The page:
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Model Binding in GET Requests

Tuesday, February 27, 2018

I've seen parameter validation code inside controller actions on an HTTP GET request. However, the model binder in ASP.NET Core will populate the ModelState data structure with information about all input parameters on any type of request.

In other words, model binding isn't just for POST requests with form values or JSON.

Take the following class, for example.

public class SearchParameters
{
    [Required]
    [Range(minimum:1, maximum:int.MaxValue)]
    public int? Page { get; set; }

    [Required]
    [Range(minimum:10, maximum:100)]
    public int? PageSize { get; set; }

    [Required]
    public string Term { get; set; }
}

We'll use the class in the following controller.

[Route("api/[controller]")]
public class SearchController : Controller
{
    [HttpGet]
    public IActionResult Get(SearchParameters parameters)
    {
        if (!ModelState.IsValid)
        {
            return BadRequest(ModelState);
        }

        var model = // build the model ...
        return new OkObjectResult(model);
    }
}

Let's say a client sends a GET request to /api/search?pageSize=5000. We don't need to write validation code for the input in the action, all we need to do is check model state. For a request to /api/search?pageSize=5000, the above action code will return a 400 (bad request) error.

{ 
  "Page":["The Page field is required."],
  "PageSize":["The field PageSize must be between 10 and 100."],
  "Term":["The Term field is required."]
}

For the Required validation to activate for Page and PageSize, we need to make these int type properties nullable. Otherwise, the runtime assigns a default value 0 and the Range validation fails, which might be confusing to clients.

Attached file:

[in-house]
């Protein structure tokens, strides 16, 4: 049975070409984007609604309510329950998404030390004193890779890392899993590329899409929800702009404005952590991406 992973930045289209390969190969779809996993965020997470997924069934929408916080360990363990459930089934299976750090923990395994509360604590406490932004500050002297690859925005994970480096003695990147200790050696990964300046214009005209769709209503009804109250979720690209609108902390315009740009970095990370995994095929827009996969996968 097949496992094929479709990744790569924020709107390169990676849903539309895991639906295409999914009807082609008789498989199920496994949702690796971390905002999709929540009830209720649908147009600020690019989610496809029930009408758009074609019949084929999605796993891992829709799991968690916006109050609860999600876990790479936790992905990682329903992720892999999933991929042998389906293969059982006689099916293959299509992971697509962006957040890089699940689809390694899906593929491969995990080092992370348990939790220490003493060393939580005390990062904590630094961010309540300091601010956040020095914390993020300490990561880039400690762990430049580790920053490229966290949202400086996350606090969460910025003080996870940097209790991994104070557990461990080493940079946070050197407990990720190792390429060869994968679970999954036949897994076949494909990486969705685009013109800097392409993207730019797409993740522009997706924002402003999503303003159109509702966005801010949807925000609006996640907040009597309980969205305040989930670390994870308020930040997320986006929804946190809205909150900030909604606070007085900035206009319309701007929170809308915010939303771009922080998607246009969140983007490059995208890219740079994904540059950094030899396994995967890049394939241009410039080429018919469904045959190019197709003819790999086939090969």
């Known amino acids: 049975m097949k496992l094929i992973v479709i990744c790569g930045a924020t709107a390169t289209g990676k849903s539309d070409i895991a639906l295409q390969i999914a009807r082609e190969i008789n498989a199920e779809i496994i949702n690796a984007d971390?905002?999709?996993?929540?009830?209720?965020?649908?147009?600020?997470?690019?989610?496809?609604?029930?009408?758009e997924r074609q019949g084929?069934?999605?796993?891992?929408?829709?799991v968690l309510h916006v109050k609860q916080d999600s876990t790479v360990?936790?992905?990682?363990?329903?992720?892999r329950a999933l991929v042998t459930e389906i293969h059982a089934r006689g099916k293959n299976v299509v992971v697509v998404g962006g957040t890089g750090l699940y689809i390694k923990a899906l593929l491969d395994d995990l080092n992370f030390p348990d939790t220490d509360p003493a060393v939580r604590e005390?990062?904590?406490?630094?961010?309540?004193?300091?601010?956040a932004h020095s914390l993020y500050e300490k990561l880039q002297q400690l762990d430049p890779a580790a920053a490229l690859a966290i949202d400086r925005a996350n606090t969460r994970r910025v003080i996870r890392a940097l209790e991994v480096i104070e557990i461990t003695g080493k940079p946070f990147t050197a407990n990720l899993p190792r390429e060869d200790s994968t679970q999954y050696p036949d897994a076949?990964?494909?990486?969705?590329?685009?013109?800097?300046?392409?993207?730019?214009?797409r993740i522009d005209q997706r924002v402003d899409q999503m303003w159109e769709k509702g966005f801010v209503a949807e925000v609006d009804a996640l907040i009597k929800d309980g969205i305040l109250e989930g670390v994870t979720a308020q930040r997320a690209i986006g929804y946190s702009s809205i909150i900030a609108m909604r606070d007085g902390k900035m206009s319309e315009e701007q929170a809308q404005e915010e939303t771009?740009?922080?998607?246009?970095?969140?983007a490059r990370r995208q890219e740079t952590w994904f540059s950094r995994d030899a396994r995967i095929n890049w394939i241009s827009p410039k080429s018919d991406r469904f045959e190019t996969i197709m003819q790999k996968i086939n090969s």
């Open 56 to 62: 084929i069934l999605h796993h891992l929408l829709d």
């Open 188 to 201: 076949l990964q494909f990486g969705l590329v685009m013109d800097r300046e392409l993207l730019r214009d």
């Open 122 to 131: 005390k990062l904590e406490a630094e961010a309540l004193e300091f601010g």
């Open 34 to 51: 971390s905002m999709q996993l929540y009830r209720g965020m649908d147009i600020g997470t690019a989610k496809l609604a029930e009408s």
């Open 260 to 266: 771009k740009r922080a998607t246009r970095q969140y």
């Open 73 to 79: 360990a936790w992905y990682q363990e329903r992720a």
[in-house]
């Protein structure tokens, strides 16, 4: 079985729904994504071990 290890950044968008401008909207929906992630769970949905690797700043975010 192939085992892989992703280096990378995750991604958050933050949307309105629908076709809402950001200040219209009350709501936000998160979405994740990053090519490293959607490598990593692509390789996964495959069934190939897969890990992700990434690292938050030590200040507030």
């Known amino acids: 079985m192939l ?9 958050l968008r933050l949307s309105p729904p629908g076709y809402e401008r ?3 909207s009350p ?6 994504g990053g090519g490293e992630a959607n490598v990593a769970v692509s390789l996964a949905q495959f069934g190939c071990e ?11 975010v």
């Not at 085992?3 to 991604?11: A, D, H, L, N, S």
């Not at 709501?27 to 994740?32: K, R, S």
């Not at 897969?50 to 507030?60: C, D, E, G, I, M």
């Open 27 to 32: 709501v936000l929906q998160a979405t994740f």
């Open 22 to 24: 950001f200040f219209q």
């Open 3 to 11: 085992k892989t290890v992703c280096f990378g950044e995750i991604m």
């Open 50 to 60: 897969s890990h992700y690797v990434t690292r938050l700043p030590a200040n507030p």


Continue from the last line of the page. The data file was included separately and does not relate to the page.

Default Values

Give your input model a default constructor to provide default values and you won't need nullable properties or the Required attributes. Of course, this approach only works if you can provide sensible default values for the inputs. 

public class SearchParameters
{
    public SearchParameters()
    {
        Page = 1;
        PageSize = 10;
        Term = String.Empty;
    }
   
    [Range(minimum:1, maximum:int.MaxValue)]
    public int? Page { get; set; }

    [Range(minimum:10, maximum:100)]
    public int? PageSize { get; set; }

    public string Term { get; set; }
}


Comments
Gravatar Bertrand Tchoumkeu Tuesday, February 27, 2018
Thank you for the great trick, Scott. In addition to parameter validation, this can also be useful when you have a search form with multiple parameters. It saves you from creating an ugly method signature with dozens of parameters. Also, I wanted to see if this worked on "old" ASP.NET Web API, and it turns out all you need to do is add the [FromUri] hint to the SearchParameters and it works. public IHttpActionResult Get([FromUri]SearchParameters parameters) { ...... }
Gravatar Tyler Tuesday, February 27, 2018
Can we eliminate the constructor and modify to: [Range(minimum:1, maximum:int.MaxValue)] public int? Page { get; set; } = 1; [Range(minimum:10, maximum:100)] public int? PageSize { get; set; } = 10; public string Term { get; set; } = String.Empty;
Gravatar scott Tuesday, February 27, 2018
@Tyler - yes, it's a style preference.
Gravatar Dayo Adebayo Thursday, March 1, 2018
The explanation is straightforward. Thanks.
Comments are closed.